startups culture entertainment

Tech Workers Return to the Office, With New Norms and New Expectations

Hi, welcome to your Weekend! 

Our company returned to three days of in-person work this week, and we clearly weren’t alone. Downtown San Francisco, where The Information’s headquarters are located, was noticeably less of a ghost town, with salad joints, coffee bars and bike lanes all back to bustling (the hot spring weather may have helped).  

After two-plus years of on-again, off-again in-person work, it feels like the tech industry is dead set on returning to pre-pandemic normalcy. And yet, are employees along for the ride? The answer, writes Flora Tsapovsky in this week’s cover story, is causing much hand-wringing inside Silicon Valley companies right now.

Given what we’ve all been through these past few years, it’s silly to think that everything will be back to normal immediately. Rather, we're in a new stage of the after-times, one where we're all being asked to recalibrate the way we do our jobs and what we want from them. It promises to be a weird and awkward time, so expert guidance is needed.

The first step, as one workplace consultant told Annie for her RTO Survival Guide, is “be kind to yourself.” Agreed.

the big read

The Cult of Company Culture Is Back. But Do Tech Workers Even Want Perks Anymore?

There’s an uneasy vibe in the air as tech companies tiptoe into year three of the pandemic, and workers begin to trickle back into offices. In an industry known for its lavish campuses, food truck parties, and wine-tasting evenings, the return to in-person work begs the question: Does anyone care about company culture anymore? Some employees are balking at the old ways of team-building inside companies and wondering if the famous perks of tech life are really still necessary. 

social studies

‘Buckle Up, the Next Four Weeks Are Going to Suck’: Silicon Valley’s Return-to-Office Survival Guide

How do you introduce yourself to co-workers you've only met on Zoom? Can we wear sweats into the office? And, how do you present in front of actual people, again? As more and more tech companies head back to in-person work, workers can expect new challenges, from the practical to the existential. Annie asked those already in the trenches, from engineers to corporate culture consultants to Silicon Valley stylists, for their best practices in the RTO age.


No Timeouts, No Yelling: The Gentle Nonsense of a TikTok Parenting Meme

In this week’s Parentverse column, Emily breaks down the TikTok trend that has been following her everywhere: #gentleparenting. To be a gentle parent, she learned, you don’t say no to your child. You don’t put them in time out. You don’t ever raise your voice. But the gentle parenting advice often found on TikTok misrepresents what is actually an ancient philosophy. Emily looks at how social media has made gentle parenting more famous, yet more misunderstood.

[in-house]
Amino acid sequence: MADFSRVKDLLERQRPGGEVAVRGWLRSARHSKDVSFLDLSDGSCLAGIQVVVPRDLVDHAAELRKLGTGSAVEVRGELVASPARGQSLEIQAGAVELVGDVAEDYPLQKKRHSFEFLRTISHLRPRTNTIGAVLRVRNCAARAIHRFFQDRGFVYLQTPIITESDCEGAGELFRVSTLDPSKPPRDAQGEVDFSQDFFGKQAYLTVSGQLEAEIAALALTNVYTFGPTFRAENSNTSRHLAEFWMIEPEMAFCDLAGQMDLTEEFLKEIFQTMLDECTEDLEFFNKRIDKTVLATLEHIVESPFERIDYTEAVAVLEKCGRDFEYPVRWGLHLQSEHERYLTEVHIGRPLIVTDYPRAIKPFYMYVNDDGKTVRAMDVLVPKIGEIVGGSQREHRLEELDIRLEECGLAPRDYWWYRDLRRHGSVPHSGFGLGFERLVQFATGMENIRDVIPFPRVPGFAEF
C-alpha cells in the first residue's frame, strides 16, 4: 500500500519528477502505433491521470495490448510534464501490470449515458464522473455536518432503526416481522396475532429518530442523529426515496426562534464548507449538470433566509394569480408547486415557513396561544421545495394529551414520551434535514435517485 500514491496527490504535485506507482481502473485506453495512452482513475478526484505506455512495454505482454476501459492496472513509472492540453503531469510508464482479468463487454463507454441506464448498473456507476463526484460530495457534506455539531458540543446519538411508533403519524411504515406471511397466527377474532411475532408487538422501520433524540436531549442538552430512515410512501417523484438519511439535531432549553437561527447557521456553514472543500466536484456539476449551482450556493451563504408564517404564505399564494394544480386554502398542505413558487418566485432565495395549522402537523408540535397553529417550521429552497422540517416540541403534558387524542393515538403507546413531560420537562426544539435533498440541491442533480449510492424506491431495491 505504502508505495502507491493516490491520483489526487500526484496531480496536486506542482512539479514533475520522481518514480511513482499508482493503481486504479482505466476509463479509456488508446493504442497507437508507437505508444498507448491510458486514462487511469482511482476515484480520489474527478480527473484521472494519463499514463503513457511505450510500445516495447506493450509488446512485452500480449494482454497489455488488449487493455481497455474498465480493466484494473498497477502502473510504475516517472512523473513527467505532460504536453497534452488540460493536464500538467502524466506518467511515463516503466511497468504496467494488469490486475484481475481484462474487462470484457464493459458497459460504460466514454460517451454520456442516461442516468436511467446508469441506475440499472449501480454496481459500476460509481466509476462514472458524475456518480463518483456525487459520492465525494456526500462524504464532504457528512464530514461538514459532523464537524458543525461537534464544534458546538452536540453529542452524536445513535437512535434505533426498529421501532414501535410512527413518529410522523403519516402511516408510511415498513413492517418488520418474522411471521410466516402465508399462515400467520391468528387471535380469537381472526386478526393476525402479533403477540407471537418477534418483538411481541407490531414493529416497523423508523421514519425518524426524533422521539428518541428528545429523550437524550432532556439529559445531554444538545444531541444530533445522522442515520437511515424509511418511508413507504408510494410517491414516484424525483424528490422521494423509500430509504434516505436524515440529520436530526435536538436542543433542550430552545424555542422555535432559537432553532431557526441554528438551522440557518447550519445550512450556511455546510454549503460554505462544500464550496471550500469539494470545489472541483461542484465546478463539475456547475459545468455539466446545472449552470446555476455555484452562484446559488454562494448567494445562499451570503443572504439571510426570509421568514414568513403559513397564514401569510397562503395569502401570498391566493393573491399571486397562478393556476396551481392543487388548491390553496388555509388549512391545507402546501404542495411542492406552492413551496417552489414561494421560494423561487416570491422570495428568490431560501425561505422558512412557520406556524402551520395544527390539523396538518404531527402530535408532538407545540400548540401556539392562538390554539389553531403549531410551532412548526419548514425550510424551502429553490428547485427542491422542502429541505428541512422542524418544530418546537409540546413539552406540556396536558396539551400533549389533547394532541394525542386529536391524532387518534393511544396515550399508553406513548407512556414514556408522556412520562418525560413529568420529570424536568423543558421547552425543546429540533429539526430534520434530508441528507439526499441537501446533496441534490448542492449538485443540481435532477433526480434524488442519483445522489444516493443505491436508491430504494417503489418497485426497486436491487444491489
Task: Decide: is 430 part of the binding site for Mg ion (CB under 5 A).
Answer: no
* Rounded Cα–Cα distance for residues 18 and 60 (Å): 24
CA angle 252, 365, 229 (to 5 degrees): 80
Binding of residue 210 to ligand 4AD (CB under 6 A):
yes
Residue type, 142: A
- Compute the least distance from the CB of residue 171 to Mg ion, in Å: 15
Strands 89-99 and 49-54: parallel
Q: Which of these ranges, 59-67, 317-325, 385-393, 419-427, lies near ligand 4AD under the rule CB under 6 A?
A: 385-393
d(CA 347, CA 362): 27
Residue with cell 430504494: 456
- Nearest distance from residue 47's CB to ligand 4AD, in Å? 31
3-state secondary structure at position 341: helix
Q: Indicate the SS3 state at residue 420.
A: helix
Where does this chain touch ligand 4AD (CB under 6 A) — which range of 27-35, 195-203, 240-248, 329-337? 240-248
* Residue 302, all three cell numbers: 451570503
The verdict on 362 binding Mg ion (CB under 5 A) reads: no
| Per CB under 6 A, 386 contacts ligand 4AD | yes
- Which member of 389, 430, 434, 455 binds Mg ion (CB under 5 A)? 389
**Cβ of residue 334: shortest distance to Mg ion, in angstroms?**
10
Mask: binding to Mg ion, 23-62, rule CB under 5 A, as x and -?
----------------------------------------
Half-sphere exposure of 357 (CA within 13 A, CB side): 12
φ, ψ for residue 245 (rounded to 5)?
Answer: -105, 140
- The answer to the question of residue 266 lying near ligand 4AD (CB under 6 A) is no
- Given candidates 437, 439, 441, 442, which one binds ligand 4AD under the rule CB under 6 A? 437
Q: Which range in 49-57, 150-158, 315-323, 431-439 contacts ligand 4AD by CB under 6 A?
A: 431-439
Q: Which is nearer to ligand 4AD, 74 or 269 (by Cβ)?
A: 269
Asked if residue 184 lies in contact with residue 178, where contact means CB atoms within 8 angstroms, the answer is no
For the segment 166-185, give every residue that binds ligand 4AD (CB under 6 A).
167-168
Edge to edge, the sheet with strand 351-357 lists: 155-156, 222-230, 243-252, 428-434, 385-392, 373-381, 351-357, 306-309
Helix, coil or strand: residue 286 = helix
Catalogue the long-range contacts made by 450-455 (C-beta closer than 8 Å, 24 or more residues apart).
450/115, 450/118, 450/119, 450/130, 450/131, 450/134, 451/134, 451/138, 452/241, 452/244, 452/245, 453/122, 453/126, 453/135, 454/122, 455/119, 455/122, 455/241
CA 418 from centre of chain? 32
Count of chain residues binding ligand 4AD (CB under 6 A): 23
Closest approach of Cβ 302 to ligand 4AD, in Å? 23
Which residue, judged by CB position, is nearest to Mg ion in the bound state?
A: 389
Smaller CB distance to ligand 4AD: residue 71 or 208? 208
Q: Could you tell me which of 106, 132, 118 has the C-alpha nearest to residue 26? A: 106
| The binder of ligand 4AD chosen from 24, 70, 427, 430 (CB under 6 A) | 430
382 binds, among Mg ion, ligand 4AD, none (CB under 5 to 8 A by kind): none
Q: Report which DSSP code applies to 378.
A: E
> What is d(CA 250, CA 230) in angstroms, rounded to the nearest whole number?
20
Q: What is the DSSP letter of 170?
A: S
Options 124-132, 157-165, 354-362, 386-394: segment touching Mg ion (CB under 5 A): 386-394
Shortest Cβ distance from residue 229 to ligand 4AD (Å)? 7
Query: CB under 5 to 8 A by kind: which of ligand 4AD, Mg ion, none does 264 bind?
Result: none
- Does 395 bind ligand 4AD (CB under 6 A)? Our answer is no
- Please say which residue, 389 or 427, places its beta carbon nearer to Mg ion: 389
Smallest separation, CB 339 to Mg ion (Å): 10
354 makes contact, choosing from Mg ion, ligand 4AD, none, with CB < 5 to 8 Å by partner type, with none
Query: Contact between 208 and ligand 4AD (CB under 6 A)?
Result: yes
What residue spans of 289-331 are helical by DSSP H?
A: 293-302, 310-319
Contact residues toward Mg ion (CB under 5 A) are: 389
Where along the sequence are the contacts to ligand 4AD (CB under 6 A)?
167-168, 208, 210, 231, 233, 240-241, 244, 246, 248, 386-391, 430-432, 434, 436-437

weekend watch

‘The Dropout’ Is a Knockout

Jillian’s been on a tech TV binge, watching all the new shows based on real-life tech-world scandals gracing streaming services lately, including Showtime’s “Super Pumped” and Apple TV’s “WeCrashed.” But it’s Hulu’s “The Dropout,” which aired its season finale on Thursday, that is far and away the best. And the competition, she says, isn’t even close. Here, she explains how the show’s creators achieved the impossible: making viewers feel compassion for Elizabeth Holmes.

Watching: “Return to Space”—the “Free Solo” of rocketships
From Jimmy Chin and Elizabeth Chai Vasarhely, the directors of the Oscar-winning documentary “Free Solo,” comes a new doc about America’s most controversial space racer: Elon Musk. Though it presents Musk in an extremely favorable light (the Wall Street Journal warned, accurately, that the movie “may come on like a promotional piece for SpaceX”), the film also reveals lesser-known aspects of the entrepreneur. The shitposting side of Musk we see on Twitter is (mostly) stripped away, revealing a more vulnerable figure, one playing a sizable role in America’s path back to the moon.

Noticing: iHeartRadio wants to turn NFTs into podcasts
What dark secrets do Bored Apes harbor? What do CryptoPunks think about the current political climate? iHeartRadio is determined to find out by buying up to 15 digital characters and casting them in a series of podcasts. Axios reports that the company wants to challenge what qualifies as intellectual property and win back listeners who have flocked to streaming. “We can world-build for them,” said one executive of the exorbitantly-priced cartoons, “creating narratives around them, and bring those stories to life via podcasts.” The curious name of this curious endeavor? The Non-Fun Podcast Network.

Reading: Good news, bad news for Sam Altman
Two very different companies cofounded by the former YCombinator boss (who Weekend profiled last November) made headlines this week. The welcome news: OpenAI, where Altman is CEO, unveiled an astonishingly adept AI program that can draw anything on demand (deepfakes likely included). It’s called DALL-e, inspired by both the post-apocalyptic Pixar movie “WALL-E” and the surrealist artist Dali. Seems about right! The less-welcome news? Whatever’s going on at Worldcoin, the eyeball-scanning crypto company that Altman launched as a way to distribute wealth throughout the developing world. “What did you do with our eyes?” asked one alarmed trial participant. Not something Altman, or any tech founder, ever wants to hear.

Makes You Think

Elon says what we’ve all been thinking.

Until next Weekend, thanks for reading!


Weekend Editor, The Information

Jon Steinberg is the Weekend Editor at The Information. He is a former editor-in-chief of San Francisco magazine and senior editor at New York magazine, where his work won many National Magazine Awards.
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